Sugar. Baked inside a gooey-chewy, chocolate chip cookie, in your fruit-on-the-bottom yogurt, or hidden in seemingly healthy salad dressing, it’s in our lives for the long-haul.
At 15 calories per teaspoon, it’s easy to over indulge—especially when sugar hides in so many foods and drinks. If you’re counting calories or limiting carbs these natural sugar substitutes will satisfy your sweet tooth while providing additional nutritional value.
1. Coconut Palm Sugar
Coconut palm sugar is made from the sap extracted from coconut trees then boiled and dehydrated into fine sugar crystals. It has the appearance and taste of brown sugar. Coconut palm sugar has the same amount of carbs and calories as regular sugar (sorry, no way around that), but because of the refining process, the sap retains several of its key vitamins including Potassium, Zinc, and Vitamin C; making coconut palm sugar a more nutrient-rich option than the empty calories of white sugar.
You can use coconut palm sugar in just about anything. It’s a good substitute when baking, and tastes amazing in cookies, sweet breads, and pies.
2. Agave Syrup
Agave syrup comes from the agave plant, a succulent related to the yucca. Agave’s been harvested for centuries. Its syrup has a low-glycemic index, which means it won’t cause a sharp spike in your body’s blood sugar levels.
Agave can be substituted for sugar in most recipes. It’s exceptionally sweet, so you won’t need as much to achieve to same level of sweetness as you would with sugar. In recipes, substitute about 1/3 of a cup of agave syrup for every one cup of sugar. It also goes well in tea and coffee—and, you’ll only need a small drop.
3. Raw Honey
To achieve its beautiful, Winnie the Pooh-approved golden radiance and smooth texture, most honey is processed. Nutritionally, it’s not much different than regular sugar.
Raw honey hasn’t been pasteurized and maintains a variety of health benefits including antioxidants, immune support, and phytonutrients.
Raw honey is raw for a reason—it loses many of its health benefits when heated. While raw honey is deliciously perfectly on toast, pita chips, or as an accompaniment on a cheese platter, it’s not ideal for baking with or sweetening hot tea.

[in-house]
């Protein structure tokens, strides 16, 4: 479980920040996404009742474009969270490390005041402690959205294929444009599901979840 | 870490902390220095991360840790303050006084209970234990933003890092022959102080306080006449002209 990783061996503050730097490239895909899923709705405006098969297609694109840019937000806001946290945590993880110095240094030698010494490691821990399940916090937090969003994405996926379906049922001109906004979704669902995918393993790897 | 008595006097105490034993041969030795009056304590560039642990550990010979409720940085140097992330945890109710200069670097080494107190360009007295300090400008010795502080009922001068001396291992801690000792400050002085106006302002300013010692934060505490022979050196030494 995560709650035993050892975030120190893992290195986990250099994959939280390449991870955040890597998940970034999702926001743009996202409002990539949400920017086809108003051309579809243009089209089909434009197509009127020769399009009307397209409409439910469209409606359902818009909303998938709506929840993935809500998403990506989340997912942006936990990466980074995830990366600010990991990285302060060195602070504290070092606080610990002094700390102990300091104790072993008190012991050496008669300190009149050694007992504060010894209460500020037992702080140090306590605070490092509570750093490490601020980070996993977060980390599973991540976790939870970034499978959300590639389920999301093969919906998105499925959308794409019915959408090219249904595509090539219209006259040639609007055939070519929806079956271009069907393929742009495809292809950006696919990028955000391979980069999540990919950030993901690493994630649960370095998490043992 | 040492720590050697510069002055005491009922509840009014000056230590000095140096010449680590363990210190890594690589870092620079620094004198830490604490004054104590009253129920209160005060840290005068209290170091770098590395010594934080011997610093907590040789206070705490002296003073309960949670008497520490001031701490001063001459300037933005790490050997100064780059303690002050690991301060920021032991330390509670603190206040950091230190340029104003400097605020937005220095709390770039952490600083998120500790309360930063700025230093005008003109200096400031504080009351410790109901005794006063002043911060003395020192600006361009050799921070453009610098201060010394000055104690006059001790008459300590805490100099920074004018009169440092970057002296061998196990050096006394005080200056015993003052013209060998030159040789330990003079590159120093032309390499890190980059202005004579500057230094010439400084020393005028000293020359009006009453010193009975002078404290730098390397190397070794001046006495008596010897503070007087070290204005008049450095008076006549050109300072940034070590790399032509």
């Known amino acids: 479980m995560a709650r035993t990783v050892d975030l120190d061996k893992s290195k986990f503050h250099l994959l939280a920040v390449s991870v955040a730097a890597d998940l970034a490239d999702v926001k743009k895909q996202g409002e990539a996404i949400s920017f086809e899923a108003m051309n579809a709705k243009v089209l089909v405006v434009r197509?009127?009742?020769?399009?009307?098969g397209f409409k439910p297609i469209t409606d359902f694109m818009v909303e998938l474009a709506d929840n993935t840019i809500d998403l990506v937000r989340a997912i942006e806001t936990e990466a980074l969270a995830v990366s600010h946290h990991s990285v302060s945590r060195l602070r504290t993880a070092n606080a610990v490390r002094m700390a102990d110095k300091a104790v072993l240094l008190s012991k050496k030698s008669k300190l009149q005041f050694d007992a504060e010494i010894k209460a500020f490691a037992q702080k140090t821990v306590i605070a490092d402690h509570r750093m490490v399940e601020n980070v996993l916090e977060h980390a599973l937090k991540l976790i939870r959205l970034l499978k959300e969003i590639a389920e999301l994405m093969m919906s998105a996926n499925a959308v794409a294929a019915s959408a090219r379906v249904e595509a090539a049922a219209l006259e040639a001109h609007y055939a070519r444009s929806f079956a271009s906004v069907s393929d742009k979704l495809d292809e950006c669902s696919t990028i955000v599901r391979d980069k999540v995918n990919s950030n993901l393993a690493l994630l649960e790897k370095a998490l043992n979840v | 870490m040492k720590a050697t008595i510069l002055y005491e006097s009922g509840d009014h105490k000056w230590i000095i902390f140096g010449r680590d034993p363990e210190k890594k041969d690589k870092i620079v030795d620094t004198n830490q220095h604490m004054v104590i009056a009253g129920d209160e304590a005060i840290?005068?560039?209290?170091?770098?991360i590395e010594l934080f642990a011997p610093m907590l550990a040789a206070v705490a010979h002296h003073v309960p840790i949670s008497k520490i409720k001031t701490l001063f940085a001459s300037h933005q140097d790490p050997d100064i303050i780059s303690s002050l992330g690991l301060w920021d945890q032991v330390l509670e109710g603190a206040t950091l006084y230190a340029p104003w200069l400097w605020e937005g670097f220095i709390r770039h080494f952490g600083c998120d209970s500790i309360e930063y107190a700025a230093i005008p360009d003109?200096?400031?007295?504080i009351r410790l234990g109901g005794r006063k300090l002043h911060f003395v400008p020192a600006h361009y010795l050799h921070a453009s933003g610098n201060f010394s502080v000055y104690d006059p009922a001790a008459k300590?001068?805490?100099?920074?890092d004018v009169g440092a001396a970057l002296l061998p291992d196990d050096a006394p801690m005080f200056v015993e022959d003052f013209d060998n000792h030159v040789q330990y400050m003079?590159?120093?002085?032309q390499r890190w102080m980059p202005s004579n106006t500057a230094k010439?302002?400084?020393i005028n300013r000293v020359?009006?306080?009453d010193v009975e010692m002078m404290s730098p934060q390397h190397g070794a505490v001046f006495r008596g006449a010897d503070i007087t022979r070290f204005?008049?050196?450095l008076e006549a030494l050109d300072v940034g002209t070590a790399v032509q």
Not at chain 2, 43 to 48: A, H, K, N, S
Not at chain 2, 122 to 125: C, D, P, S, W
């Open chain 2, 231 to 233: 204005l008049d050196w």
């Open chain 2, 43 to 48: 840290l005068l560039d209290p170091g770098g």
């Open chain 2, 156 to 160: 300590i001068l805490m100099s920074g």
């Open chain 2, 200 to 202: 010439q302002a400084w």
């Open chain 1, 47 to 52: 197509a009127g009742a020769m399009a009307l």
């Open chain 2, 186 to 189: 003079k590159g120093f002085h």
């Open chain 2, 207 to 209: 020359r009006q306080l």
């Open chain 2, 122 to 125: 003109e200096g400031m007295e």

4. Pureed Dates
Dates are sticky and sweet—a perfect swap for sugar. Dates are a whole food, so they’re full of nutrients including iron, phosphorus, copper, and manganese. They’re also full of fiber, meaning your body will absorb the sugar more slowly—so no blood sugar spike. Dates are the perfect all-natural sugar substitution for feeling good about eating sweets.
To make a pureed date paste: Add one cup of pitted Medjool dates (or substitute any other type of date) to 1/4 cup of hot water. Blend in a food processor until a thick paste forms. Add more water if necessary for a smoother paste. Use date paste like you’d use honey or any other sweet spread. Oh! And it’s paleo-friendly, perfect for baked goods.
Zero calories and all-natural. Seems too good to be true, right? Stevia, a plant native to South America, has been cultivated for centuries for its sweet flavor and medicinal properties. It’s much sweeter than sugar, so when replacing it you don’t need nearly as much. In fact, for every one cup of sugar, the stevia equivalent is approximately one teaspoon of liquid or powder extract.
Replacing stevia with sugar requires some finagling. Because you don’t need as much, when used for baking you’ll need a bulking agent—like eggs, applesauce, or plant protein powder—to give your recipe volume. Until you’re really comfortable with this substitution process, try following a specific recipe instead of doing it on the fly.
Whether you’ve got a hankering for a late-night snack or want to sweeten your morning coffee, if you’re trying to limit your sugar intake, make those choices healthier with one of these natural sugar substitutes.
Repost: Plexus Worldwide